AMD sees bigger gains in war with Intel
No. 2 chipmaker aims to supply a third of the computer chip market by 2008, up from about 21 percent now.
By Amanda Cantrell, staff writer

NEW YORK ( - Advanced Micro Devices aims to boost its share of the market for computer chips sharply in coming years as it battles its far larger rival Intel, a senior AMD executive said Thursday.

The No. 2 chipmaker expects to be able to supply a third of the market for microchips by 2008, AMD (Research) senior vice president Daryl Ostrander said at the company's annual analyst meeting, up sharply from current levels. The ambitious goal underscores AMD's aim to grab even more market share from Intel (Research).

AMD's chief technology officer, Phil Hester, said the company is also launching a new laptop chip that will debut some time in 2007 and aims to improve battery life. Earlier this month, the company unveiled its first dual-core chip for laptops, a rebuttal to a similar product released by Intel earlier this year. A dual-core chip is essentially one processor with two brains.

Hester also said the company will focus heavily on chips for PCs below $1,000 over the next few years, another sign that it plans to gain share against Intel.

"It's the right thing to do and it's a great business opportunity for us," Hester said. "We believe if we don't start now we will not get the solutions the market wants in the next two or three years."

AMD boosted its share of the overall chip market to 21.4 percent versus Intel's 76.9 percent as of the end of 2005, according to industry tracker Mercury Research. That's the first time AMD has cracked the 20 percent mark since 2001, and it is up from 16.6 percent in the fourth quarter of 2004 -- almost all at the expense of Intel.

AMD chief executive Hector Ruiz also took a swipe at Intel without mentioning the company by name.

"We need to break free from the illegal stranglehold that a monopoly has on this industry," Ruiz said at the meeting. AMD filed an antitrust lawsuit against Intel in federal court last year, a case that's ongoing. Intel has denied engaging in anti-competitive practices.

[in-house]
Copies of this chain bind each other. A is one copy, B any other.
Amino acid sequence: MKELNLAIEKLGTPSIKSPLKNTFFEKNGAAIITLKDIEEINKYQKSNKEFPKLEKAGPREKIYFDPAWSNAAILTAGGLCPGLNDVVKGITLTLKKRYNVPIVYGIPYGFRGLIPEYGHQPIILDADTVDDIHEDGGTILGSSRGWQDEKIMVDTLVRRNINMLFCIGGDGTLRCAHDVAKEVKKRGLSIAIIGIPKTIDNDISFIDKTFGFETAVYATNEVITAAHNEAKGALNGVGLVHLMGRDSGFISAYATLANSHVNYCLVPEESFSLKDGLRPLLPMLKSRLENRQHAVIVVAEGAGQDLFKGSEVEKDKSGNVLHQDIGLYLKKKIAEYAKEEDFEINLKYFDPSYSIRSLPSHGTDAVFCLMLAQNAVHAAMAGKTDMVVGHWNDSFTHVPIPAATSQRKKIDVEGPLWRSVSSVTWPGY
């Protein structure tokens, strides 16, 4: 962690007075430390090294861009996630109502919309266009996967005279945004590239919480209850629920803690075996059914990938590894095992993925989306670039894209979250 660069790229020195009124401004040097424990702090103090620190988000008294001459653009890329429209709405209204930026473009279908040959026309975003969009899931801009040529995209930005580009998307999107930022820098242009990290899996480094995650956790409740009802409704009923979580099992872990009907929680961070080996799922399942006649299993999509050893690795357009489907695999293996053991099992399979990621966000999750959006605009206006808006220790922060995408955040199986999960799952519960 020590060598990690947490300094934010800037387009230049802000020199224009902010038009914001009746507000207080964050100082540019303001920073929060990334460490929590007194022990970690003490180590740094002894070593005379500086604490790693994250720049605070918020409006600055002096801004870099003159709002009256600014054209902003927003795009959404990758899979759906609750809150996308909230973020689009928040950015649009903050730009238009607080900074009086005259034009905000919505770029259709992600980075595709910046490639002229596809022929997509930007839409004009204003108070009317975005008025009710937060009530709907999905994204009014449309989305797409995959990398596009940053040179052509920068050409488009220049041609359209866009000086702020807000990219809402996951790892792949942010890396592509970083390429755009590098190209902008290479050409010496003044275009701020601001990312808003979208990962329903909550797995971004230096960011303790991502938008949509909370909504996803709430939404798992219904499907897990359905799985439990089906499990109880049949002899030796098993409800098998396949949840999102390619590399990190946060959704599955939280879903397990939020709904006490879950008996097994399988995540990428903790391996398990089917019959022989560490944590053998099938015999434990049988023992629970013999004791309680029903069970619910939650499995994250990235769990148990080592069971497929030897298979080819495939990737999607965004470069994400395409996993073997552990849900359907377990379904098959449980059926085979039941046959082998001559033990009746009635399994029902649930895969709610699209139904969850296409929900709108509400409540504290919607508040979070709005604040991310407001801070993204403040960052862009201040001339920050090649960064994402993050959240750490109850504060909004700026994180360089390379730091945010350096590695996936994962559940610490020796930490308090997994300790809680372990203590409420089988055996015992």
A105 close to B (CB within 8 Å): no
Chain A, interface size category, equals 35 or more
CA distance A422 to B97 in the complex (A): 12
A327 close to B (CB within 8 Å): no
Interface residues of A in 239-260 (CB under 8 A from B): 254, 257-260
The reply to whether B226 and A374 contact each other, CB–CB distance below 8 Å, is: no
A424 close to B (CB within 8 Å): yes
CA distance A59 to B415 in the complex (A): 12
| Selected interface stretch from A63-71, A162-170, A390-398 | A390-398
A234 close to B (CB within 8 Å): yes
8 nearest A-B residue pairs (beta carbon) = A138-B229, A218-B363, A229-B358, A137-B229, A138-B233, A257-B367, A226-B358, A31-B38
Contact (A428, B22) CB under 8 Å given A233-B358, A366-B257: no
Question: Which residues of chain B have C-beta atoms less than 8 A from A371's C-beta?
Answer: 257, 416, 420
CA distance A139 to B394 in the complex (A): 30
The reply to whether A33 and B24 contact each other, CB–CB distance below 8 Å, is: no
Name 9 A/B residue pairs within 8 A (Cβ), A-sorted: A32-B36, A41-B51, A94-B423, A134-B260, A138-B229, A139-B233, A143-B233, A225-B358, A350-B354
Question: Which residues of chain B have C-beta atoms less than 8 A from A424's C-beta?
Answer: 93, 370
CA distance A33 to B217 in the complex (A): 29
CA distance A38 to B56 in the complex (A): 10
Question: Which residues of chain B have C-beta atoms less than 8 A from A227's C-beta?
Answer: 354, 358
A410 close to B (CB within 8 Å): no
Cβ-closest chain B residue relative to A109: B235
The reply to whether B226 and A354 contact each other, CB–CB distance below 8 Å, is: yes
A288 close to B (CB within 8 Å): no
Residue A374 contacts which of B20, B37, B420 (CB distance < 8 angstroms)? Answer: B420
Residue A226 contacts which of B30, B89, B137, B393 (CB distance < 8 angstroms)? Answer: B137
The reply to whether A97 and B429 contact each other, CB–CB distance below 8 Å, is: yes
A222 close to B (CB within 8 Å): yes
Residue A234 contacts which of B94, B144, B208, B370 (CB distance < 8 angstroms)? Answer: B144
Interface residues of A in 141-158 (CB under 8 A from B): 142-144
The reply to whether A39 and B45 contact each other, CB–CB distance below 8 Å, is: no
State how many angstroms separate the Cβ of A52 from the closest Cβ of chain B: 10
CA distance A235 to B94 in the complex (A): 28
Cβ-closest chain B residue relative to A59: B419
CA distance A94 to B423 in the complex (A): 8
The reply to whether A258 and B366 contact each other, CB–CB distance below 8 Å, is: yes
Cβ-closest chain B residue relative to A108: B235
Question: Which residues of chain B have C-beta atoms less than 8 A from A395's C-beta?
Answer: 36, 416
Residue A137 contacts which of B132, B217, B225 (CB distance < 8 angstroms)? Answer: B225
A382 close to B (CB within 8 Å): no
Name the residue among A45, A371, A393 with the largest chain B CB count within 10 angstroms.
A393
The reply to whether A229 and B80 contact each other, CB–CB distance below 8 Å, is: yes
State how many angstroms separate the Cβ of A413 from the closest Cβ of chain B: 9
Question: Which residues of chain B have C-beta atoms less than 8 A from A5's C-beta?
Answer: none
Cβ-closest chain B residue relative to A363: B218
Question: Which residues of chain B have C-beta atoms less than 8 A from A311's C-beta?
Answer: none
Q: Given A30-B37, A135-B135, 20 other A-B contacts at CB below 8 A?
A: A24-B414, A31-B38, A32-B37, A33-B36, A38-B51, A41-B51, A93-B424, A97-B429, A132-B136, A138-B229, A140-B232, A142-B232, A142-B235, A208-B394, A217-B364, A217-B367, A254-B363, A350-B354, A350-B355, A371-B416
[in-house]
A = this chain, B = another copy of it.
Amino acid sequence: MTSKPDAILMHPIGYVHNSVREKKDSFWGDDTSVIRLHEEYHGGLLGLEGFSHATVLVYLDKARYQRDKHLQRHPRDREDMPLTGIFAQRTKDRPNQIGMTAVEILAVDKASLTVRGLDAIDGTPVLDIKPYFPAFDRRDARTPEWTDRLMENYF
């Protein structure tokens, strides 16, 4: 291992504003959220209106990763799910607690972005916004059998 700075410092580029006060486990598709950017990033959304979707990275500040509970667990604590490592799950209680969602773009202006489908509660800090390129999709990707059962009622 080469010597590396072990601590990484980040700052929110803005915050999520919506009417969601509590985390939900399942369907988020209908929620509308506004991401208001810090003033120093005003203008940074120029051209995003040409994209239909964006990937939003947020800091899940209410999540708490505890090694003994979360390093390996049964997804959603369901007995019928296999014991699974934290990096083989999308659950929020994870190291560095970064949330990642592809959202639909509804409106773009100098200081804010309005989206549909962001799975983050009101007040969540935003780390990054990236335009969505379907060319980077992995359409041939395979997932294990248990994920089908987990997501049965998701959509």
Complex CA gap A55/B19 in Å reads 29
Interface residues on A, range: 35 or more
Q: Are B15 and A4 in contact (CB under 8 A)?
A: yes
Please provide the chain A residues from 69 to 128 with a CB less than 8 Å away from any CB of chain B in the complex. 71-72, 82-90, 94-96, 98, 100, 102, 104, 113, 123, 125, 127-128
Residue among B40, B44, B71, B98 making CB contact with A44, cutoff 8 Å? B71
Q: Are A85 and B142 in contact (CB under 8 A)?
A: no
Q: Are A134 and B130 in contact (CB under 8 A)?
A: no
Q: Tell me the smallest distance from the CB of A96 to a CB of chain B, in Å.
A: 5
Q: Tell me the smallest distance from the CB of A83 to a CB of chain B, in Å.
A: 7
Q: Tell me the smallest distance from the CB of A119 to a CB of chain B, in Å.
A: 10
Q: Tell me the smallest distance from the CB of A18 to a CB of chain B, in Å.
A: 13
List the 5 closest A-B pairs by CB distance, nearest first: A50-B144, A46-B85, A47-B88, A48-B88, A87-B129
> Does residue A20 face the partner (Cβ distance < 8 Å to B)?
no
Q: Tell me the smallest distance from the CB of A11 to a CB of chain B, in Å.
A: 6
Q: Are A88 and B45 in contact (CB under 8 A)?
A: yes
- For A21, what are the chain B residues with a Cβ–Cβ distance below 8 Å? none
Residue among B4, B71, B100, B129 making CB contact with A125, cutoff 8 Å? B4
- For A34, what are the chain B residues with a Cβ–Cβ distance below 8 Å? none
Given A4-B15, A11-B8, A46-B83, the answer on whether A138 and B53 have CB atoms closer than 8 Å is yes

While AMD is a fraction of the size of its chief rival, it's caught Intel flat-footed on some key technology advances.

Once known as a maker of lower-cost chips, the company started grabbing market share from Intel after industry analysts praised some of its chips, such as its multi-core processors, as being more advanced and better-performing than Intel chips.

The company scored another major coup when No. 1 PC maker Dell announced earlier this month it will use AMD chips in some of its high-end servers. Dell has previously used only Intel chips.

Earlier this week, AMD said it will upgrade and expand its two manufacturing facilities in Germany, spending $2.5 billion over three years on the project.

Meanwhile, Intel has been operating in full mea culpa mode.

"In the short term, we had products that were not as high in performance as our competitor, and because of that we lost market share," Boyd Davis, director of marketing for Intel's server business, said Thursday at a Citigroup Semiconductor Conference in Boston. "Our first order of business is to make sure we deliver competitive products."

Both the AMD and Intel presentations were monitored via Web cast.

Last month, Intel CEO Paul Otellini announced a broad restructuring that will address all aspects of the company's business.

Otellini said Intel will conduct a 90-day review to see what areas need to be revamped and said the company will reveal more details in the third quarter. He said the company will cut $1 billion in spending in 2006 but did not comment on whether there will be job cuts.

Intel also unveiled a plan to regain lost market share, launching several new processors and trimming inventory in an effort to regain investors' confidence. Some analysts say some of Intel's new processors will help Intel erode AMD's market share gains.

Reuters contributed to this report.


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